You might have heard the term “quarter sawn oak”, but never really knew what it meant. Maybe you thought it came from a certain type of oak tree. If you have ever seen both plain and quarter sawn oak in someone’s home, you probably know that the two look very different. So what is the difference between plain cut oak and quarter sawn oak?
The difference is in the cut…
The reason these two woods look so different? It is because they are sawed from the log differently. The difference in each sawing technique will affect the lumber’s appearance, its properties, and its ultimate application. It’s amazing how different cutting methods can affect the look of lumber cut from the same tree.
What is plain sawn oak?
“Plain sawn” is the most straightforward way to cut the rectangular boards from a round log. Mills create plain sawn oak by making a series of parallel cuts in the log, which minimizes the amount of scrap left behind. Thus, less waste is created. However, this method of cutting does have some drawbacks. First of all, the large grain pattern you see is becoming outdated. It is also inconsistent. But whether you like this look depends on your personal taste.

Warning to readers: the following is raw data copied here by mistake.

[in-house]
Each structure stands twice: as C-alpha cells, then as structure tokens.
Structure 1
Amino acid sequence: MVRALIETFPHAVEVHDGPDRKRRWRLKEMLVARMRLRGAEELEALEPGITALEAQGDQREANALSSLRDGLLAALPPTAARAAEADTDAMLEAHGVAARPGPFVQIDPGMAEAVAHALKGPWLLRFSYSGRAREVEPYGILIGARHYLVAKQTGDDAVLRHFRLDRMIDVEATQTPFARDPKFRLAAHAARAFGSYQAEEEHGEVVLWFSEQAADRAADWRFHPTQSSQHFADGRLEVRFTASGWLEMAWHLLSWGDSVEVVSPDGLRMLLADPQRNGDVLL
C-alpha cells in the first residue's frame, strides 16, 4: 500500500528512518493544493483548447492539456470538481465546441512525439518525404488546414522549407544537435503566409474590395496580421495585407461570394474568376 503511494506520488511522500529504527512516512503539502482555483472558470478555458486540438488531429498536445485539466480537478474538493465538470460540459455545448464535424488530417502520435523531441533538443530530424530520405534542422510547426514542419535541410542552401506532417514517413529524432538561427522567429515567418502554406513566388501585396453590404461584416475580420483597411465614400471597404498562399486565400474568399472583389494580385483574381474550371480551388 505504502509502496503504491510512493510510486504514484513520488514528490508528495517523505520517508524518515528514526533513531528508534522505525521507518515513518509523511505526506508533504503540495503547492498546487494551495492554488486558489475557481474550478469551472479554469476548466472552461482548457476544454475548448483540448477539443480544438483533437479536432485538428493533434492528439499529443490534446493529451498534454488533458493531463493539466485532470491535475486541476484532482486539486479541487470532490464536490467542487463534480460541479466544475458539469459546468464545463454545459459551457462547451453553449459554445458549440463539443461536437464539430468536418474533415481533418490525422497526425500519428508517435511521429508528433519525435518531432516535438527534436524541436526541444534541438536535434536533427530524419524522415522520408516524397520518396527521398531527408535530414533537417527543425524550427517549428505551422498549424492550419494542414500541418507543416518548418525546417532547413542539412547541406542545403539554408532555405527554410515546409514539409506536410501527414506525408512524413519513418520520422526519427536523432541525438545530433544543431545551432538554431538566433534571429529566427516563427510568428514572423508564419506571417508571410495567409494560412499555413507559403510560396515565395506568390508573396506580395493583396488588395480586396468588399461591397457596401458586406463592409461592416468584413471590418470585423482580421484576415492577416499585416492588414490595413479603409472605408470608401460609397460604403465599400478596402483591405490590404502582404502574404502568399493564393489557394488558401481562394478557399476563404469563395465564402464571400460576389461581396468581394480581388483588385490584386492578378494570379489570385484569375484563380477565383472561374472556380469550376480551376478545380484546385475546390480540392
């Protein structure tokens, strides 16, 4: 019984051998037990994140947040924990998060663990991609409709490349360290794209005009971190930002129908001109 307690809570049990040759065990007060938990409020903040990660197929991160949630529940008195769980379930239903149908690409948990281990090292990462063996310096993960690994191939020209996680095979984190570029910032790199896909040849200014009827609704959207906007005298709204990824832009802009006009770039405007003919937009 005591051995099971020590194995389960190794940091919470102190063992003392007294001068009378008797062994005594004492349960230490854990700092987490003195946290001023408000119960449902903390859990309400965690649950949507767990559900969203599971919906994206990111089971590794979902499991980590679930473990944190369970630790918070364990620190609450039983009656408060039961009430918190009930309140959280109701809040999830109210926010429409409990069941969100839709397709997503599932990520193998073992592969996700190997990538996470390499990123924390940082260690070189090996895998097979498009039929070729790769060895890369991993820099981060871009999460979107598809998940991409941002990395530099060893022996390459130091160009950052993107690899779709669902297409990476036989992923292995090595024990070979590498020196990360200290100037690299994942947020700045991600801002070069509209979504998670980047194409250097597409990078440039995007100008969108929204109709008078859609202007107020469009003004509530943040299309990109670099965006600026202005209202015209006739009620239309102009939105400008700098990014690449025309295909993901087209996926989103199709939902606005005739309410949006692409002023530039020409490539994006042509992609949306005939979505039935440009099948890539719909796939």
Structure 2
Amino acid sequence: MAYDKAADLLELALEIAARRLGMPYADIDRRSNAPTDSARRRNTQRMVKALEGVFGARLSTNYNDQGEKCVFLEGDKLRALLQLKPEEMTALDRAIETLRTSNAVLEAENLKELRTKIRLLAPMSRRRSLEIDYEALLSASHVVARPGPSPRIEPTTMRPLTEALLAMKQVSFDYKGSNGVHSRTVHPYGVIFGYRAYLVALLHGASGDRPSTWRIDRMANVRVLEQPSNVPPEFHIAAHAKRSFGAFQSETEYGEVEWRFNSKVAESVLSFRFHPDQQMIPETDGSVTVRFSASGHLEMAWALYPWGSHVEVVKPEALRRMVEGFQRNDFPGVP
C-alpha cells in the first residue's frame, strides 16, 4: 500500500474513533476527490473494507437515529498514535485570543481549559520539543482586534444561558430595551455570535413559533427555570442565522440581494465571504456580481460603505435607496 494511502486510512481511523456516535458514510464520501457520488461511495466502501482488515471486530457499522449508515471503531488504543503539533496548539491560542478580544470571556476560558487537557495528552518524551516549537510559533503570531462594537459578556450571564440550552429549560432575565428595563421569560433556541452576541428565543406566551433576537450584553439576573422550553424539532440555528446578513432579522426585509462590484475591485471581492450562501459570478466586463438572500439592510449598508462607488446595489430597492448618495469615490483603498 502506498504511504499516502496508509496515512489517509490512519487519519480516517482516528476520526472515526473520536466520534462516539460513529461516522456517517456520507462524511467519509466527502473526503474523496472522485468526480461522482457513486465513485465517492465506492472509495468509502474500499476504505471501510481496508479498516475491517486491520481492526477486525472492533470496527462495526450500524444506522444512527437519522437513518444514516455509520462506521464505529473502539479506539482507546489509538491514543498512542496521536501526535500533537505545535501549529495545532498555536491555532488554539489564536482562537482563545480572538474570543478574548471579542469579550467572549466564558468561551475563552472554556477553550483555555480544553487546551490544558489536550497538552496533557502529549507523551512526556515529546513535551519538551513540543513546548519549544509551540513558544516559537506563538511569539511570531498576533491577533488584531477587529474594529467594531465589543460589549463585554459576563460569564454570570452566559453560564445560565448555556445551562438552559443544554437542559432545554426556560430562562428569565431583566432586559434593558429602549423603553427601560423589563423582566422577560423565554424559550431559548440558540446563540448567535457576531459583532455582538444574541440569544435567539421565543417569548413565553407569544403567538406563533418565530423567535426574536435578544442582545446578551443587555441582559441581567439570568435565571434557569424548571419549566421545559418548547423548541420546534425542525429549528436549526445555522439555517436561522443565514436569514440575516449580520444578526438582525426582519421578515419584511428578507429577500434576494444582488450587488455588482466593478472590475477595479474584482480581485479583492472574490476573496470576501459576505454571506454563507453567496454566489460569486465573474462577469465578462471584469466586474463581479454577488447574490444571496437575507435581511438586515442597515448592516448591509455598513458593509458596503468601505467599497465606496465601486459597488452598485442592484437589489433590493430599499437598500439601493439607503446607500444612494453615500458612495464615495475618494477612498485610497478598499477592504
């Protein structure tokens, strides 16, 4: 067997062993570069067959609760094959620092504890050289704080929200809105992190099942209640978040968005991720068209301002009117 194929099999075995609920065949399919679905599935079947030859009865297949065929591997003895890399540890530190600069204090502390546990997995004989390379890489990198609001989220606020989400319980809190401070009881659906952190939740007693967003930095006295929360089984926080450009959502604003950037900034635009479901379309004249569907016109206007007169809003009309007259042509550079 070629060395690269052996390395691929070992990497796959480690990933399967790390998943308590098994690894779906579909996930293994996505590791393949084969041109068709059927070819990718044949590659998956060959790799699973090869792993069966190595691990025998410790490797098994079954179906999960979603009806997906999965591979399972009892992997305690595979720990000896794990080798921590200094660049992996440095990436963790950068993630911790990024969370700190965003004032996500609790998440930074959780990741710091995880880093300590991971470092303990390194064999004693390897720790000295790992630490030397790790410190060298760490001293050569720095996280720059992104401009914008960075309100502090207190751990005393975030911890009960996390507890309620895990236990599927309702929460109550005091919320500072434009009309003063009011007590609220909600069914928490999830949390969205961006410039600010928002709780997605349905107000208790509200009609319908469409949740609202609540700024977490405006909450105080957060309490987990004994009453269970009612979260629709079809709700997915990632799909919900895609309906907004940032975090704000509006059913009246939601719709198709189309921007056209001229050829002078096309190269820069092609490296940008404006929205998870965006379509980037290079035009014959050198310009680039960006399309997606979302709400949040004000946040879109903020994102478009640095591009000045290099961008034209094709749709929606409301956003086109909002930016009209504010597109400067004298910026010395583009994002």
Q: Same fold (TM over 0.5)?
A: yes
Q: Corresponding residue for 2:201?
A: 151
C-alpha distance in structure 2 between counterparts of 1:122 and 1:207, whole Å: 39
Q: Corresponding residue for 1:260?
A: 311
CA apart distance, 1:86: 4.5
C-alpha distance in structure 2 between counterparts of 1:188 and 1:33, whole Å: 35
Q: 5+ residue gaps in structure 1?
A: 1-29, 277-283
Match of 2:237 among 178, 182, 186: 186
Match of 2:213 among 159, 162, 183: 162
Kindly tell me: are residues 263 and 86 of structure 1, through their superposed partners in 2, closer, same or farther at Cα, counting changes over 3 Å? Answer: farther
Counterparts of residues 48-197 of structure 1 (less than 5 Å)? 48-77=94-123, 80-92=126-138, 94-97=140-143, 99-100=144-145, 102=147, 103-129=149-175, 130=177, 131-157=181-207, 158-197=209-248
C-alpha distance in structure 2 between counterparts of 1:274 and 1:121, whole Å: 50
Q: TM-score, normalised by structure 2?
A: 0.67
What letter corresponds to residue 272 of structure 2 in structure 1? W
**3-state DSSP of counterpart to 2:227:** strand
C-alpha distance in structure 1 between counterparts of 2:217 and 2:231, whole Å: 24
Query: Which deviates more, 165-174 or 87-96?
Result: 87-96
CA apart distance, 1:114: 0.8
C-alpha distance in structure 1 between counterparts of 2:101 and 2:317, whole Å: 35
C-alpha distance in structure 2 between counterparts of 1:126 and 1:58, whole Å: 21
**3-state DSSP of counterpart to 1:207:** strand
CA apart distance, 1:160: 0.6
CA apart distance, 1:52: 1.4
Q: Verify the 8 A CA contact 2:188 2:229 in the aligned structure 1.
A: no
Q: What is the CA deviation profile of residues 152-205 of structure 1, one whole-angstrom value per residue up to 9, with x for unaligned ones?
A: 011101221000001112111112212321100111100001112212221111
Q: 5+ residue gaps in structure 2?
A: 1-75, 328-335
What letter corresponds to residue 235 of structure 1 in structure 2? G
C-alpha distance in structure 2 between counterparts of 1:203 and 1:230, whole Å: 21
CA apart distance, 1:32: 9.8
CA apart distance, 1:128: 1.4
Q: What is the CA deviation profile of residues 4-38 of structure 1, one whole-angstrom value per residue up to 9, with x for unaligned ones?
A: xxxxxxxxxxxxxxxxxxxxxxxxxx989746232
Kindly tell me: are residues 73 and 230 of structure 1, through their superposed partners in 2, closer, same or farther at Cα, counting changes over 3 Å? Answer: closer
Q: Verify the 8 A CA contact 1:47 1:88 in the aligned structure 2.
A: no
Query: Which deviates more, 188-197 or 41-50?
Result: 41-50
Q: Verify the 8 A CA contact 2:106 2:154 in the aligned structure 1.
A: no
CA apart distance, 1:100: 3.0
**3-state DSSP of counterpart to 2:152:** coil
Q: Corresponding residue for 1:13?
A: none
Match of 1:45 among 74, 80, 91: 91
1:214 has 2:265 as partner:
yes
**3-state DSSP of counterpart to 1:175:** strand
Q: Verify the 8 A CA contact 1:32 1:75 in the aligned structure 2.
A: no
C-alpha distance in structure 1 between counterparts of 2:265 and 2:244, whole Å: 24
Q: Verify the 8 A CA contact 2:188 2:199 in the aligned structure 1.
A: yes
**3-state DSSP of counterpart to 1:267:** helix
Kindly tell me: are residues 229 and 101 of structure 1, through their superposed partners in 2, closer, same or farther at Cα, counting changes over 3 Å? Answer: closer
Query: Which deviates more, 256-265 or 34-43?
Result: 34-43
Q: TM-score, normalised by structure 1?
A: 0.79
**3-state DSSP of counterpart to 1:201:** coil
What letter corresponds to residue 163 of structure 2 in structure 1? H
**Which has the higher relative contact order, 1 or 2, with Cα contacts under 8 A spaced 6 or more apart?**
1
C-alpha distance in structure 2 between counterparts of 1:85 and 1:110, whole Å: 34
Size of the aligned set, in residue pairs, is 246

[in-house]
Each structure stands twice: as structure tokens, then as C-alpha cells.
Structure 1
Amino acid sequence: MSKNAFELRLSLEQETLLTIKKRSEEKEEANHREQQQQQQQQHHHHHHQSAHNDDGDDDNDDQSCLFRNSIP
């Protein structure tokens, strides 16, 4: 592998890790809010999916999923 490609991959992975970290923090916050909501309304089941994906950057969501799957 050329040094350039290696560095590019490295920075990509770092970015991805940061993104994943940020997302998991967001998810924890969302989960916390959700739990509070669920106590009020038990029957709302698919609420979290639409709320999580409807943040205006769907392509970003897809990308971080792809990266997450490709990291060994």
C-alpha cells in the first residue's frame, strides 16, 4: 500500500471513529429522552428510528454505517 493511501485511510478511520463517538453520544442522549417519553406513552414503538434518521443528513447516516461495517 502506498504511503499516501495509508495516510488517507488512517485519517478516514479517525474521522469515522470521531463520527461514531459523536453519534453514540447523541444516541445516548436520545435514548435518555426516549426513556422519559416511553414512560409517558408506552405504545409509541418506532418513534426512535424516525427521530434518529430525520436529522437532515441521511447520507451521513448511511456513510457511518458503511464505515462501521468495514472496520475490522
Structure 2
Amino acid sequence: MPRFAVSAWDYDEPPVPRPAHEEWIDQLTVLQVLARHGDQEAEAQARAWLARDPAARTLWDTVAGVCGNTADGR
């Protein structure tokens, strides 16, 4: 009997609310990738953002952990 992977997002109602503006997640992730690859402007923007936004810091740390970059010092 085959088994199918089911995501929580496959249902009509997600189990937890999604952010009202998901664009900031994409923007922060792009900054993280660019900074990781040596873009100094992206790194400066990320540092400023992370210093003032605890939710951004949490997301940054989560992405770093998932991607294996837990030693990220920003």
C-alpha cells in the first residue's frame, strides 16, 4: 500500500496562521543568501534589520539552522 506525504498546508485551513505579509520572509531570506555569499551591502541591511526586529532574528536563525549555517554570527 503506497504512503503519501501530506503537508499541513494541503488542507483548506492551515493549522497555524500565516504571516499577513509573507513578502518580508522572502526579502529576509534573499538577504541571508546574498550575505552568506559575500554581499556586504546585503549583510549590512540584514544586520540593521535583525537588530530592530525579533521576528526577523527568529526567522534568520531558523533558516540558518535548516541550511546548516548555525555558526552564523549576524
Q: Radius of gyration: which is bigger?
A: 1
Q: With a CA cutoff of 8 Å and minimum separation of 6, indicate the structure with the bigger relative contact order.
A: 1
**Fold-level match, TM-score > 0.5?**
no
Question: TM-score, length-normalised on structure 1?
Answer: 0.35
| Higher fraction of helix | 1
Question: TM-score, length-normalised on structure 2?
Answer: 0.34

What is quarter sawn oak?
This method consists of cutting the log into quarters and creating a series of parallel cuts perpendicular to the tree’s rings. Quarter sawn oak has a tighter grain pattern, which is more consistent than plain sawn oak’s. The yield is not as substantial as plain-sawing the oak, so more waste is often left behind. The drawback of quarter sawn oak? It is typically more expensive than plain oak.
Are there any other cutting methods?
Wait–there is one more type of lumber. It is called “rift sawn”, and it is more stable than plain sawn oak. This cutting method requires each board to have the same relation to the log, so it has a more uniform appearance than plain oak. Unfortunately, rift sawn lumber is even more wasteful than quarter sawn.
So, which type of cut is best? It is ultimately up to you to choose. The factors you need to consider include: the amount of waste created, the look of the graining, and application of the lumber in your home.
Plain Sawn or Quartered?
What is Quartersawn Wood?